Guni worm gear idea?

Has anyone ever made a guni with a worm gear on the axle and offset cranks running straight-cut gears against the worm gear?

You’d need to concentrate on what worm gear you ended up with otherwise you’d end up reversing…

Given worm gears tend to be used to achieve speed reduction and introduce a 90 degree change of direction in a situation where you want drive in the same direction as the driving force, they don’t seem that useful an idea.

I think “offset cranks” meant the cranks some distance from the hub - in the same way as on a giraffe or penguin unicycle. There are also “jackshaft” unicycles where the two cranks are not on a common spindle (although they have a common axis), but they are each connected to the hub by a chain and a pair of cogs.

If so, then the worm gear idea would work “in theory” in that it would allow a 90 degree change of rotation at the crank and a second 90 degree change of rotation at the hub. In effect, the unicycle would be a sort of shaft drive giraffe/penguin.

However, if you’re going to build a shaft drive, I think bevel gears rather than worm gears are the way to go. Worm gears are not good for friction. Shaft drive motorbikes and cars use bevel gears. There is some loss of power transmission compared to a chain, but the benefits of cleanliness and low maintenance outweigh this. (I have a shaft drive Moto Guzzi and come rain, shine, snow, salty roads, mud, grit or sand, I never have to clean, tension or lubricate the chain, because there isn’t one.)

I have seen shaft drive bicycles but never yet ridden one. All the ones I have seen have been municipal “city bikes” clearly designed for durability and low maintenance rather than speed and efficiency. I see no advantage to a shaft drive unicycle, and various disadvantages in terms of weight and cost.

If I have completely misunderstood the original post and “answered the wrong question” perhaps Kitibob can clarify?

Worm gears always work with the worm gear as the drive gear. If you find a physical example and try to move the straight cut gear, you’ll immediately see that it’s not feasible. Having the worm gear on the axle isn’t going to work without an extremely high helix angle.

Yeah the thought was that you’d have a shaft coming several inches above the hub axis, from the frame. On this shaft is the crank, and on the inside of the frame is a straight cut gear.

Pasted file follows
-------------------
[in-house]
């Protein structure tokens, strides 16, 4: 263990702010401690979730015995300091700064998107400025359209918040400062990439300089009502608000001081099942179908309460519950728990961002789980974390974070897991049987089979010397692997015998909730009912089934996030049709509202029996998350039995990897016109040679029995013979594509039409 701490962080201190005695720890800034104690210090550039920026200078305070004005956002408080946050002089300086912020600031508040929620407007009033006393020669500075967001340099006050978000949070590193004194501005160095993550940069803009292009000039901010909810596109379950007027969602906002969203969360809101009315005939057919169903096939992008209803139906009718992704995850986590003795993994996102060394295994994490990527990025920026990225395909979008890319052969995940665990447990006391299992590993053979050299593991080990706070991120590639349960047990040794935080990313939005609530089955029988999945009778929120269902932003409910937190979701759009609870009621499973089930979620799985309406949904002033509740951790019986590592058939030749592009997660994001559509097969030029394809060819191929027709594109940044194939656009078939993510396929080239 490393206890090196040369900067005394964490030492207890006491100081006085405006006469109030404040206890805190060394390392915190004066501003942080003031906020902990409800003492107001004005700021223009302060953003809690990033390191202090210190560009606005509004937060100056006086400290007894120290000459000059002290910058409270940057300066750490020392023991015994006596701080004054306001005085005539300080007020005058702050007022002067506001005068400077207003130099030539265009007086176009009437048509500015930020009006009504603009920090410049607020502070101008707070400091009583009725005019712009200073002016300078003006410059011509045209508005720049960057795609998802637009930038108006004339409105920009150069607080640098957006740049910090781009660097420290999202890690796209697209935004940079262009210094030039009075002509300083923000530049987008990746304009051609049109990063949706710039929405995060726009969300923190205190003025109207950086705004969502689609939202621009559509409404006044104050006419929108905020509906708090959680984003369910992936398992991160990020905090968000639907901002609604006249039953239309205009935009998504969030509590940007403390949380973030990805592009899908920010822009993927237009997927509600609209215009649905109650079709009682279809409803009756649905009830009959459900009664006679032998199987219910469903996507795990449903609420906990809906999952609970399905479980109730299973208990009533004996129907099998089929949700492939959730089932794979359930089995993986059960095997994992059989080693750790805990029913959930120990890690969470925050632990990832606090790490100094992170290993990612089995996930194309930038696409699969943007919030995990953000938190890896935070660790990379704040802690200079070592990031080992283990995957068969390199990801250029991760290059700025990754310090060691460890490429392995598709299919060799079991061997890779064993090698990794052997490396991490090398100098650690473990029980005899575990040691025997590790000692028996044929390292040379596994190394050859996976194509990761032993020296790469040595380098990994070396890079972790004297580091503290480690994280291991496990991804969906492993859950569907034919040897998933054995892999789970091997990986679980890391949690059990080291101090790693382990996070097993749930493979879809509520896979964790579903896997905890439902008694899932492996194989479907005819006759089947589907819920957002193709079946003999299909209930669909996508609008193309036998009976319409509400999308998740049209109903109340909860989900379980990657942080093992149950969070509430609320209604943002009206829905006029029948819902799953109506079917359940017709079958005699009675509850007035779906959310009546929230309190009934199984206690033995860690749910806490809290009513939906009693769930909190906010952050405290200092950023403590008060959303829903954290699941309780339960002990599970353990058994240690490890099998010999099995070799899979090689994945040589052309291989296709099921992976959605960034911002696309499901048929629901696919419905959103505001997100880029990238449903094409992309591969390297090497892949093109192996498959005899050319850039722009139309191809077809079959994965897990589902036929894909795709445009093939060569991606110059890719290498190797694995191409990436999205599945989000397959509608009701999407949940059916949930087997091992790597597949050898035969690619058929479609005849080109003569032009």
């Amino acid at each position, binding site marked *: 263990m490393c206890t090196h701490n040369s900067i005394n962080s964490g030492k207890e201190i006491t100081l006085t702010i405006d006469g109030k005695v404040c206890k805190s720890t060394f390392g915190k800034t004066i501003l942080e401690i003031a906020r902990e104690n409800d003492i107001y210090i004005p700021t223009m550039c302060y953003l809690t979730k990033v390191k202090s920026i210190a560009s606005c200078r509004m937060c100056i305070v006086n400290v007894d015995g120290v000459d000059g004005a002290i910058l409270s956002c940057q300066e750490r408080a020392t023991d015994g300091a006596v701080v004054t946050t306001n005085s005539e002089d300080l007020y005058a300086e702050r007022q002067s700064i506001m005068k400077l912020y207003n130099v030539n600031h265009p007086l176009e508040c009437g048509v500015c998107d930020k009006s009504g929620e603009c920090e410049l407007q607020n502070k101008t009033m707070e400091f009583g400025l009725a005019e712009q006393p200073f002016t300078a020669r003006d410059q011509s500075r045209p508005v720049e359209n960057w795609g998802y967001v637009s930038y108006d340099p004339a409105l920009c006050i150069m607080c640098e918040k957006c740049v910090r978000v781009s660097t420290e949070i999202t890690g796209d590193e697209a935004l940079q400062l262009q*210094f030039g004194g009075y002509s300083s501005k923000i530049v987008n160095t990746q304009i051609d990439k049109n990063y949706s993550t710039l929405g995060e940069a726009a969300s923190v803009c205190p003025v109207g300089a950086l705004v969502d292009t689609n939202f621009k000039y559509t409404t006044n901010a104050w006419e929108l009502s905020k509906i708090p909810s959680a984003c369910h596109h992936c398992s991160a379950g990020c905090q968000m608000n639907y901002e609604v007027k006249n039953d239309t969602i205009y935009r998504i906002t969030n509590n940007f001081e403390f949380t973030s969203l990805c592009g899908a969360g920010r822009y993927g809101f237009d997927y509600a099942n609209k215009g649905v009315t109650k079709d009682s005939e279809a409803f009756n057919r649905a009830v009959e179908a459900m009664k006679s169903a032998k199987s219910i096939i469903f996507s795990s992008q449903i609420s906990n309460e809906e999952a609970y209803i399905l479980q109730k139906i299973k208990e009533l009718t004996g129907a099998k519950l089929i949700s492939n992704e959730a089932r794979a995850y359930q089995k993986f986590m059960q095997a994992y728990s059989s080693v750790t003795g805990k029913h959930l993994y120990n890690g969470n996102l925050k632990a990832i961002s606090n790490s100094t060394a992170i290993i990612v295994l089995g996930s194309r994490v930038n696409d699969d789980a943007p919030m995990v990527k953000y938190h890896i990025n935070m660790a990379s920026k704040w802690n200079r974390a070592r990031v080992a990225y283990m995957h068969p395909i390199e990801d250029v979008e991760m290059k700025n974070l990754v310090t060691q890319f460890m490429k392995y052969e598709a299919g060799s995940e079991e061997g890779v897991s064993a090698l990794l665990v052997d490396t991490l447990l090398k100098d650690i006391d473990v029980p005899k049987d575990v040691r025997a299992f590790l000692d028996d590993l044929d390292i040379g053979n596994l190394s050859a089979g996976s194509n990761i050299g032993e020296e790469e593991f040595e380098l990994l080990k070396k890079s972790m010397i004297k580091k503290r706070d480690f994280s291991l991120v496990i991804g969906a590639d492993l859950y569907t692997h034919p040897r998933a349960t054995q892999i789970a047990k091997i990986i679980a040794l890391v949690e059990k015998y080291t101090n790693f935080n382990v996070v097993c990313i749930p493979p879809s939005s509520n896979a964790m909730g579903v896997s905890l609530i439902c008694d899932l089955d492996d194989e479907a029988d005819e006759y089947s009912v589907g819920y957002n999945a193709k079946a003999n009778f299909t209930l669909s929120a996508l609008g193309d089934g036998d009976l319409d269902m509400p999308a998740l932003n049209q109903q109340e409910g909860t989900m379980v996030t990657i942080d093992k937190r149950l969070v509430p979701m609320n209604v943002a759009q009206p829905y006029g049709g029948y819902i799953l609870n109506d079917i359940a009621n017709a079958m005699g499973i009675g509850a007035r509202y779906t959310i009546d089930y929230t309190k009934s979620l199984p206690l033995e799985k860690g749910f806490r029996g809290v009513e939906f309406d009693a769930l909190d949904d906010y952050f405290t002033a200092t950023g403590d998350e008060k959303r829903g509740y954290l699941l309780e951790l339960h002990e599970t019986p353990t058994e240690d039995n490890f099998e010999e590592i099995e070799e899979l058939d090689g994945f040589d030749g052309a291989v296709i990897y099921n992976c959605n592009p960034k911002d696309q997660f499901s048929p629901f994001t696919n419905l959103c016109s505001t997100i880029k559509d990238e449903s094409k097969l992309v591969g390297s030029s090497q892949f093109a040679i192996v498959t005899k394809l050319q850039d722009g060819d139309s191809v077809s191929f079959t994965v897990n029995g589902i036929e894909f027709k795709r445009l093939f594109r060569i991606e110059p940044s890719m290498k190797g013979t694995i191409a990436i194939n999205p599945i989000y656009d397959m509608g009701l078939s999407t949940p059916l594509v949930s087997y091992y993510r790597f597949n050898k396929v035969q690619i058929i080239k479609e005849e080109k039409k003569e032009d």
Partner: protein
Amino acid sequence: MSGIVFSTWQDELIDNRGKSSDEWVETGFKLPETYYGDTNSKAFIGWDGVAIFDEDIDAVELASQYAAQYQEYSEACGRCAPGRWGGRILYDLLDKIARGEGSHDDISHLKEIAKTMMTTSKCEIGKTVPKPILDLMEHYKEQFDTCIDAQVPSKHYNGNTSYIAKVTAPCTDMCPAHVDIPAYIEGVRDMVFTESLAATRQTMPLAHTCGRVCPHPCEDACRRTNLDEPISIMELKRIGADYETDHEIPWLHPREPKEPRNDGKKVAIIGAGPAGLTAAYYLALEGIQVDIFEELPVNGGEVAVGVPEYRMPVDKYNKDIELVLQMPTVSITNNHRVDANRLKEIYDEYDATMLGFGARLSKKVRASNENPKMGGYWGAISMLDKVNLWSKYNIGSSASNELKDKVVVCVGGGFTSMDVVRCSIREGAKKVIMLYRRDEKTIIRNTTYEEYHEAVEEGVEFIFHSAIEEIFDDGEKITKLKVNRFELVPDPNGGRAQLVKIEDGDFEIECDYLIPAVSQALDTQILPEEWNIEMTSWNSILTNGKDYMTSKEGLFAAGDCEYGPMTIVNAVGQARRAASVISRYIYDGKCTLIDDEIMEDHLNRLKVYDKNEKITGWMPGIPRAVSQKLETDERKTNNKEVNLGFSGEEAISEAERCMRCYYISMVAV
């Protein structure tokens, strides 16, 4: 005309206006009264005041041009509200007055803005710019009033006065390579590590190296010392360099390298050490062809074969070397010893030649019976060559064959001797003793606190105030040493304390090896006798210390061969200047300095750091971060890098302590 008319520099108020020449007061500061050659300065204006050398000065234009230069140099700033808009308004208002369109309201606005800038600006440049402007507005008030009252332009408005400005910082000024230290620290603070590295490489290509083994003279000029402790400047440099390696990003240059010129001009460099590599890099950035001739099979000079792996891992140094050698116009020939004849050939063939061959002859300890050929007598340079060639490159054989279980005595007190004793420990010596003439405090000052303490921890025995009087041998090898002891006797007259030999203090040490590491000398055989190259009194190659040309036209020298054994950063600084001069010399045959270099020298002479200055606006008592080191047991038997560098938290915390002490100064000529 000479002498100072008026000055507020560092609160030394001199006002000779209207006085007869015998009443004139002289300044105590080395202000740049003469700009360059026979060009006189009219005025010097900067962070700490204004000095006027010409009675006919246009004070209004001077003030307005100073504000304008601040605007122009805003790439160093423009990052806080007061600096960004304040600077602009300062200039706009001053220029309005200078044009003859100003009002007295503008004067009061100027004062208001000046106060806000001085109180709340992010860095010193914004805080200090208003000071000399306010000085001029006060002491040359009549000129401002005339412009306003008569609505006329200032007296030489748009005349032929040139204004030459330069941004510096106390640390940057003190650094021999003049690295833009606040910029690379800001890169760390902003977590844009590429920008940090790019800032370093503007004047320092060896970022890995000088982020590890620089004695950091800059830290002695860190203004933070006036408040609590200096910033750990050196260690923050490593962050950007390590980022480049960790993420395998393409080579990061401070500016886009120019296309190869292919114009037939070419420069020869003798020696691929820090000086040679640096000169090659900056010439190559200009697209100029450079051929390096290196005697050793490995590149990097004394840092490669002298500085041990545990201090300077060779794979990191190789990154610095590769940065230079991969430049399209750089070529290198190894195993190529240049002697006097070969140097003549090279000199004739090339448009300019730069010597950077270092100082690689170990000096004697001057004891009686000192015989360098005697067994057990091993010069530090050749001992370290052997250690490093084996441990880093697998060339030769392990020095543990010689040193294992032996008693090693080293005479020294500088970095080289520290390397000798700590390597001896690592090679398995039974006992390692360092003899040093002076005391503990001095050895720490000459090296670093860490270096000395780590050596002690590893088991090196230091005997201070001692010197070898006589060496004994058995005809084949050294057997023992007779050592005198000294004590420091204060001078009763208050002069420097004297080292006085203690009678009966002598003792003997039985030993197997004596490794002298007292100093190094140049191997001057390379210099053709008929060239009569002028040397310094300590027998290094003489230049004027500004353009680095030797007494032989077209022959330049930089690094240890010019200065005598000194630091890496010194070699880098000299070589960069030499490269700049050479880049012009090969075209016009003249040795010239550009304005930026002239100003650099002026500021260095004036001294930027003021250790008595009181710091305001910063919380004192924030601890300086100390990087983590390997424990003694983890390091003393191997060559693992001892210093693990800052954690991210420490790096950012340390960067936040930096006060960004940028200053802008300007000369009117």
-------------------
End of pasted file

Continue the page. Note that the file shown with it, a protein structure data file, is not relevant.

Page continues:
On the axle itself, there is a worm gear which binds to the gear referred to above. It wouldn’t be like a jackshaft system, as the crank would come out offset from the axis of the hub.

It was just a theory, really. I don’t really intend on doing it as it seems impractical, and yes, it would require both a very strong pair of gears to deal with the torque and a very acute helix angle. It would also need to be symmetrical so that both of the cranks worked…

Yeah, I’ve seen one but haven’t had the chance to ride one either:

I personally found this much more interesting than the E-Type Jag in the background.

Worm gear drive is great for reducing speed. It doesn’t get used for increasing speed because any friction between the two gears is amplified by the mechanical advantage–well, disadvantage in this case–if you try to drive it from the worm side. Most configurations are non-reversing as juggleaddict points out, where any effort on the worm gear increases the locking force and just locks it tighter. This is usually a feature, since it keeps what you’re driving with the speed reducer from kicking back and hurting you. Even for a worm drive that isn’t fully non-reversing, the loss of power due to friction when driving it backwards is immense.

Shaft-drive bicycles like the one in the picture typically have a pair of bevel gears at each end of the shaft to realize the 90° turn. Also, some car and motorcycle engines have used a shaft with bevel gears to drive overhead camshafts. Maybe that’s more like what you had in mind. It’s a lot more efficient for transmitting power, and the modest step-up ratios we’d use are far easier to get than with a worm drive.

Don’t get me wrong, I like the bike. But please excuse me if I don’t. :slight_smile:

Aha, so the thought was flawed from the start. A great example of my shallow depth of knowledge in the field :slight_smile:

Cheers for all the contribution, everyone.

What about the antique low gravity delivery bike next to it? That’s pretty cool too. for those a little more interested in a detailed pic of that transmission : )

The Jag contains every bit of technology in that bicycle, and much much more, so I find the E-type 10x more interesting. The only thing that’s more complex (and therefore interesting to me) on the bicycle, is how it manages to keep stable, even without rider input.

It’s not that I think the shaft-drive bike is particularly amazing, it’s just that I think E-Type Jag’s are a bit overly celebrated and, if I’m honest, that’s sort of spoiled it for me.

Plus, being a unicyclist, i’m not necessarily impressed with overly complicated mechanisms: one wheel will do :slight_smile:

Well sure, and it was my generation that did a lot of the celebrating. I had a couple of chances to buy one or another E-Type when I was around your age, more than a little bit rough and trying to keep it out of the junkyard would have broken me for sure even I could have found the little bit more money than had at the time to buy it. But that didn’t figure into my thoughts at the time and it doesn’t tarnish the feeling of, “I almost could’ve had one.” Overrated perhaps but there’s a lot to rate about it.

So says the man proposing a worm-drive geared unicycle. :slight_smile:

What about the back half of this? I don’t see what holds wheel to the frame, and maybe nothing does since it’s just a concept, but that’s pretty simple.